Employers are at risk of missing out on a wealth of talent as they risk their reputation as a fair and inclusive employer. Gender pay gap reporting has brought transparency to the workplace; however, there is still a long way to go. There is still a lack of female representation in executive positions compared to non-executive roles, meaning that women are still underrepresented in operational roles and, therefore, don’t have the influence of decision-making in UK business. Only 11% of female directors in the FTSE 100 are from BAME backgrounds.

Tabby’s Tips for navigating a career in tech:

Women work in all areas of tech from software development to artificial intelligence. The most popular roles for women are in product management, testing and business analysis. There are many other opportunities including Data Science, UX/UI Design, Software Development and Automation Testing - the possibilities are truly endless. There is a lot of growth opportunity within software development; you can progress to leading teams and beyond to architecture positions. Many tech professions require you to obtain a bachelor's degree, but there are other routes into the industry, for example, a code academy.

So, what can you do?

  • Research career paths - There are a plethora of opportunities for women and understanding how your skills match the opportunity will help you to successfully launch your career. There are always opportunities within tech to move into other disciplines. At Mindera, we have seen many women join as Quality Assurance testers and move into Product Owner positions. This is just one example of a career move once you are in the industry.
  • Build a network - networking helps women land tech jobs and learn about which companies are hiring. Women can network through training programs, local tech meetups and University alumni associations.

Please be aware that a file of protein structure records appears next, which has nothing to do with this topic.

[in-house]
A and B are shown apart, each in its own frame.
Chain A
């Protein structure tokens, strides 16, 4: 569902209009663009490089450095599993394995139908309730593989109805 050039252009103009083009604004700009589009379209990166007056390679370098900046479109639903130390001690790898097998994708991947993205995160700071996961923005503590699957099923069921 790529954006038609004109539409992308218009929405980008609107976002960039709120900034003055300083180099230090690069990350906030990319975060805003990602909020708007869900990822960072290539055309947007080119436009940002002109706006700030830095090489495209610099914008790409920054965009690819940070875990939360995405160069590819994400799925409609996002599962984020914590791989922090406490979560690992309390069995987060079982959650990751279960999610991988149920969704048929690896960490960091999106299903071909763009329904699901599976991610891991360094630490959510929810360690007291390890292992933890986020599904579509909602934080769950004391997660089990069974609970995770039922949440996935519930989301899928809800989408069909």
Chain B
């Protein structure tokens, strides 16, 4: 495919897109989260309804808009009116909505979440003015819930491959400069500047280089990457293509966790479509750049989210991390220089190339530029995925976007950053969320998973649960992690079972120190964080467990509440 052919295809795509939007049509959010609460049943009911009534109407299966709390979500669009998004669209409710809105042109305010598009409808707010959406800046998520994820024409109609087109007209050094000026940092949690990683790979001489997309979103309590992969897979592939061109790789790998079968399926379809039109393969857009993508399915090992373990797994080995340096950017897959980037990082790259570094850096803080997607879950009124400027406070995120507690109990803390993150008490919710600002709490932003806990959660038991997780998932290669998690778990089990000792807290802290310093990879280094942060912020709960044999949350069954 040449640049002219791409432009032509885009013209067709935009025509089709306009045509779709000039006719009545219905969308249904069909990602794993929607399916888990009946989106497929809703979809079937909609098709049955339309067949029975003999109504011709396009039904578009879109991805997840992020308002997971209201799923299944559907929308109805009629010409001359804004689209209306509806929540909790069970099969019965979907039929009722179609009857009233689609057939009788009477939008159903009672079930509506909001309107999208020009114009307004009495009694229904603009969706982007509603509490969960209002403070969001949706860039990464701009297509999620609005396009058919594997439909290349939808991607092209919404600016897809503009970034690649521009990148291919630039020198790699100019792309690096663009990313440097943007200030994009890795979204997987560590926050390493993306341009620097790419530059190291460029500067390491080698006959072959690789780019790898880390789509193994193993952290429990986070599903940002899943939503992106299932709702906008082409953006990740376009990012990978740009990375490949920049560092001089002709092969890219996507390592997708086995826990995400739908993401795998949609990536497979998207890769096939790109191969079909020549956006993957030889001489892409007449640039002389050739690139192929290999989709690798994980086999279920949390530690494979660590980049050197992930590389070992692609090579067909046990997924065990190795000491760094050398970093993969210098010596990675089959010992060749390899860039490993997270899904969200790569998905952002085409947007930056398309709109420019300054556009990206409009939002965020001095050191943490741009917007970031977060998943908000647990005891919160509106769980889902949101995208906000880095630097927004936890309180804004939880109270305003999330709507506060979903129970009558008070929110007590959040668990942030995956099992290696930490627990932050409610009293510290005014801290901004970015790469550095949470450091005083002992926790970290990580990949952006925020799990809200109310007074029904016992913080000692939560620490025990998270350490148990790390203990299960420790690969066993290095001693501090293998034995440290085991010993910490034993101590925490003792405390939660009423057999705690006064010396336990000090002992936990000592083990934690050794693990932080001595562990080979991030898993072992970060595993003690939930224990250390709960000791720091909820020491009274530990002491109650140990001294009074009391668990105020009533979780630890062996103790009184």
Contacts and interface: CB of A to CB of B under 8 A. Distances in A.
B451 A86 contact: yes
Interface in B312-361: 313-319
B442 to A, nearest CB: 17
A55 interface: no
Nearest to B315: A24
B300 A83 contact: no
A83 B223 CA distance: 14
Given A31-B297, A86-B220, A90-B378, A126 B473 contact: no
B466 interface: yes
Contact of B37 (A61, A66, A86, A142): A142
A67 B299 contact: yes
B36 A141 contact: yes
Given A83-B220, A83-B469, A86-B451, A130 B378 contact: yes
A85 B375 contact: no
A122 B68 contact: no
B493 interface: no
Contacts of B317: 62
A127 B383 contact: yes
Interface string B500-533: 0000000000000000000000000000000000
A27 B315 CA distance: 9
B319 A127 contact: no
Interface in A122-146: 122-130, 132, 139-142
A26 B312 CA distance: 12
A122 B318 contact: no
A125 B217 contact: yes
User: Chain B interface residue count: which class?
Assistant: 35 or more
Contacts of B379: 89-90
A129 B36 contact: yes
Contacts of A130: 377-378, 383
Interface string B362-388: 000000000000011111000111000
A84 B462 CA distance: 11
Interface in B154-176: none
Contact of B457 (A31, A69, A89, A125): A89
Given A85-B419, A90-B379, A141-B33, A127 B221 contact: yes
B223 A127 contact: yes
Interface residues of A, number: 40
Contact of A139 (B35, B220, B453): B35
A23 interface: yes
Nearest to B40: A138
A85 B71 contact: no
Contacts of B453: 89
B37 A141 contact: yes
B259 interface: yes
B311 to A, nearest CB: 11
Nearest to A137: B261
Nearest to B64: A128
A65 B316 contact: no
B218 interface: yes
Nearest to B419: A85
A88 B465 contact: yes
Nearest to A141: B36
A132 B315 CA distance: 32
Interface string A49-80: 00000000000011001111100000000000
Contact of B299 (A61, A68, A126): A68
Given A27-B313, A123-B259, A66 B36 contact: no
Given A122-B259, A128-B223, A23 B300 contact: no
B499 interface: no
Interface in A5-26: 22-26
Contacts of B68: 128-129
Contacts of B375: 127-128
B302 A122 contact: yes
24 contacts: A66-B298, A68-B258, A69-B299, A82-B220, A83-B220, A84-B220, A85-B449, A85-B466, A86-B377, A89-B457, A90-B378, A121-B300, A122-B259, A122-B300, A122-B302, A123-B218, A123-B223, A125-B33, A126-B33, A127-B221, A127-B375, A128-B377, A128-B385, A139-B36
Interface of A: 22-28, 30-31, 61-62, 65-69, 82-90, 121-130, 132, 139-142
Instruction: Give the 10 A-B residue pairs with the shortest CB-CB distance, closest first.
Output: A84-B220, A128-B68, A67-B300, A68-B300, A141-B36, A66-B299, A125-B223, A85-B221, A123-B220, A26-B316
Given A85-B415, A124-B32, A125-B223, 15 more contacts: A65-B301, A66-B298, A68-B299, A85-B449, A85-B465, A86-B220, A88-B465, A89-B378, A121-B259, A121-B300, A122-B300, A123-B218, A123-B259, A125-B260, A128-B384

• Find a mentor - you can meet people at networking events
  • Continuous learning - investing in learning will keep you on top of tech trends. Udemy is a great source of online courses.

Here are the tips in a handy infographic:

Navigating tech career.png

Useful Resources:

  • Mindera Code Academy: MCA was born from the organic evolution and educational contribution we have given to the community. Our ambition is to help those who want to start a career in software development.
  • National Center for Women and Information Technology: NCWIT promotes women in tech careers. The association offers professional development programs and resources on entering tech as a woman. It also hosts women in tech conferences.
  • Women Who Code: A nonprofit organization, Women Who Code provides professional development tools, educational resources, and networking opportunities for women in tech jobs. Women Who Code also offers a job board.
  • Ada Developers Academy: The academy offers free coding training for women and nonbinary learners. Ada prioritizes Black, Latina, Indigenous, LGBTQ, and low-income people. Qualifying learners complete six months of classes and a five-month internship to enter tech careers.
  • Girls in Tech: Girls in Tech aims to end the gender gap in tech. With over 50 chapters around the world, the organization connects women with resources, job opportunities, and a global network.
  • TechWomen: An initiative through the U.S. Department of State, TechWomen offers mentorship and exchange programs for women in STEM from Africa, Asia, and the Middle East. The organization offers resources, networking opportunities, and mentor opportunities.

Sources Used:

  1. The Guardian: why are there so few women in tech;
  2. Imposter Syndrome;
  3. women & imposter syndrome.


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A photo of Tabby Alexander, Talent Acquisition Lead for software engineering company Mindera.

About Tabby

Talent Acquisition Lead

Tabitha loves to sing, travel and go to the theatre. Since 2014, she's been building teams that develop products. Inspired by the world of talent and technology, Tabitha is passionate about helping people achieve their career goals.